She says a Climate Action Teams model would enable a country like Australia to raise its ambition by partnering with neighbours like Papua New Guinea or Indonesia, or countries with similar economies and challenges like South Africa, and get a better return on investment when it came to reductions.

“Australia is going to really need to find ways to make real change without causing dramatic, politically impossible change in the Australian economy.”

Suzi Kerr, EDF

“Australia already has strong trade and aid relationships with Papua New Guinea and Indonesia, which would make them suitable candidates, or in South Africa you have many of the same challenges of large mining sectors trying to transition away from coal,” Kerr says.

“These natural affinities could be a really great thing because Australia is going to really need to find ways to make real change without causing dramatic, politically impossible change in the Australian economy. Australian climate policy has had a pretty rocky past, but this is the sort of opportunity to do something really good without having to fight the vested interests head on in the way some of the other policies might require.”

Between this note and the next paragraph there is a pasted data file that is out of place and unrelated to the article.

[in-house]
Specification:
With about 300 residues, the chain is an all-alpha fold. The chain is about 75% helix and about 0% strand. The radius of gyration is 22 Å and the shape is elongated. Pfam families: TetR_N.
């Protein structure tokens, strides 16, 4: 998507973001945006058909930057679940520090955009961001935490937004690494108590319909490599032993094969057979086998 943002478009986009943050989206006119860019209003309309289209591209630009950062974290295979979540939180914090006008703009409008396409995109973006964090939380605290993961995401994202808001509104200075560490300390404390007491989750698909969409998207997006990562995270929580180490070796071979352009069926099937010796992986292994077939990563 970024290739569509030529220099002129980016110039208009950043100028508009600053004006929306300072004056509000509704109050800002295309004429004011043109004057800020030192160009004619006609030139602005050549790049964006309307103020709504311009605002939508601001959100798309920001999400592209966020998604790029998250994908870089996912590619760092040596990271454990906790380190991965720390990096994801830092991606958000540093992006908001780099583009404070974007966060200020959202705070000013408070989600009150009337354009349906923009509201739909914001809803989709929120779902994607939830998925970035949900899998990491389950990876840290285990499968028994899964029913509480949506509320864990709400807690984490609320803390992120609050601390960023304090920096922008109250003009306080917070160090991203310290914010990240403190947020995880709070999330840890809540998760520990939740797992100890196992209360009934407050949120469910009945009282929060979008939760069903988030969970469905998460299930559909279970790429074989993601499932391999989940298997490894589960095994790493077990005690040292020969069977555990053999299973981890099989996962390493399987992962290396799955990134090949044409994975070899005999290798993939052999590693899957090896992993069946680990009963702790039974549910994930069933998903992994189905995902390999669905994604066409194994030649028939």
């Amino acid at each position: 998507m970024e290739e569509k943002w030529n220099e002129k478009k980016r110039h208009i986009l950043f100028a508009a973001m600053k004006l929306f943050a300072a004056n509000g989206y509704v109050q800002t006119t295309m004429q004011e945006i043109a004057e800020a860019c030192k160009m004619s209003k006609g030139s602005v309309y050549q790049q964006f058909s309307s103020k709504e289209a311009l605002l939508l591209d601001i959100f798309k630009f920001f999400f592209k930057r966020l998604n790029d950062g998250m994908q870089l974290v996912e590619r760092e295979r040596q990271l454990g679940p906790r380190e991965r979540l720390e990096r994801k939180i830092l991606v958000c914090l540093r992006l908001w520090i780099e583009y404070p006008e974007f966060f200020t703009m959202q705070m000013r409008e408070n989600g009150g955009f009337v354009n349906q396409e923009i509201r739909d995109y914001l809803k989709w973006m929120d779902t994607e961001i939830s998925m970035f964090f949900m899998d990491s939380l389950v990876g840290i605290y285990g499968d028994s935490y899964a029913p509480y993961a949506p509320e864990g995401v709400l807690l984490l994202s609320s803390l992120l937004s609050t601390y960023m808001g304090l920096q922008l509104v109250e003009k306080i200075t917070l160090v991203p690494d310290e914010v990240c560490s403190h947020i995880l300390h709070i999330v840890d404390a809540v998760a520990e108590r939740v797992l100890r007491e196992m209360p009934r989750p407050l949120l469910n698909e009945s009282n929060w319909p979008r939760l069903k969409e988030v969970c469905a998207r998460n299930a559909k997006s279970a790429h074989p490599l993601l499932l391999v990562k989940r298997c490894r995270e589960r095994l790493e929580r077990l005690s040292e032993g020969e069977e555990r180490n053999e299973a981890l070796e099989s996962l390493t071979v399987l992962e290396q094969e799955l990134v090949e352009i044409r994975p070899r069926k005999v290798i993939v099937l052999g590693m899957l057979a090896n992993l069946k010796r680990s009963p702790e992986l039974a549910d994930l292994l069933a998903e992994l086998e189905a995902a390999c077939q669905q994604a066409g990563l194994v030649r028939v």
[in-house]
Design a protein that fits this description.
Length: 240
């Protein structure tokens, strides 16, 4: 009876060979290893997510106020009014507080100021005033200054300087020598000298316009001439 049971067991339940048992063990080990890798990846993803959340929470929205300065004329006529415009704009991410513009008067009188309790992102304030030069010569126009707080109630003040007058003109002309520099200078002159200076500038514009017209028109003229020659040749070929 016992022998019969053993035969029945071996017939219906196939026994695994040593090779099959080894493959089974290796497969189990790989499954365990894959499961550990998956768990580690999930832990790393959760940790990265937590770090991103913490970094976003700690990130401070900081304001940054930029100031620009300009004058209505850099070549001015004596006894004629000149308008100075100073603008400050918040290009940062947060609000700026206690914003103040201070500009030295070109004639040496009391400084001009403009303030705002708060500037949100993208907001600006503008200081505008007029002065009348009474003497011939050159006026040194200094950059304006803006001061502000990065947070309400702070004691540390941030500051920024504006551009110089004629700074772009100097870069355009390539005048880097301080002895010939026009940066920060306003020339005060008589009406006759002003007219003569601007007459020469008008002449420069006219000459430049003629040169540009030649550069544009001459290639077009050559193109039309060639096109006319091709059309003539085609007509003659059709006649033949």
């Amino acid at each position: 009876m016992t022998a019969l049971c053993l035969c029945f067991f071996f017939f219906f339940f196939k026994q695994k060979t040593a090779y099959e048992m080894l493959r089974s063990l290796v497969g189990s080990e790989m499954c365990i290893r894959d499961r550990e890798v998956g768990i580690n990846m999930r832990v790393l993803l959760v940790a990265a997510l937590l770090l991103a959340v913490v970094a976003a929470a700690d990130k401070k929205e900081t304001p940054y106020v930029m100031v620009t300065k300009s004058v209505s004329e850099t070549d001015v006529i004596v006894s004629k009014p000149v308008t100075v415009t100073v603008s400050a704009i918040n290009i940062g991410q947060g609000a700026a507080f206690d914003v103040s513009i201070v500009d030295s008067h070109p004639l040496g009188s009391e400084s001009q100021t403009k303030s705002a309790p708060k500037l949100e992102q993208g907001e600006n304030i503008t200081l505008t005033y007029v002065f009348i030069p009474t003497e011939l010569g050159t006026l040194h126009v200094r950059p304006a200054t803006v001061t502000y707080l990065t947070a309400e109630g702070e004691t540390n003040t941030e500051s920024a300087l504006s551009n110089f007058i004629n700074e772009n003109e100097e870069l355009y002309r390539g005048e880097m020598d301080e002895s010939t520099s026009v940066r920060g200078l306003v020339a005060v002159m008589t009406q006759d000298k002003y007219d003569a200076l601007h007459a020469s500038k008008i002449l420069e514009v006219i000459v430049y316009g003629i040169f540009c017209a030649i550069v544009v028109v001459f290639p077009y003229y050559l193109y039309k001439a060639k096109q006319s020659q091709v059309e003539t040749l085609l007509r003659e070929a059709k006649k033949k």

Kerr reports there has been lots of interest internationally. “Countries are really beginning to take their compliance seriously and they’re taking on much more ambitious, nationally determined contributions. They are also realising how difficult this is going to be.”

Originally published by Cosmos as Are Climate Action Teams the future of global emissions reductions?

While the people and governments around the globe focus on the virus,

the climate goes on changing.

AUKUS – Looked at a new way.

AUKUS is the trio formed for Australia to buy nuclear submarines from USA and the UK.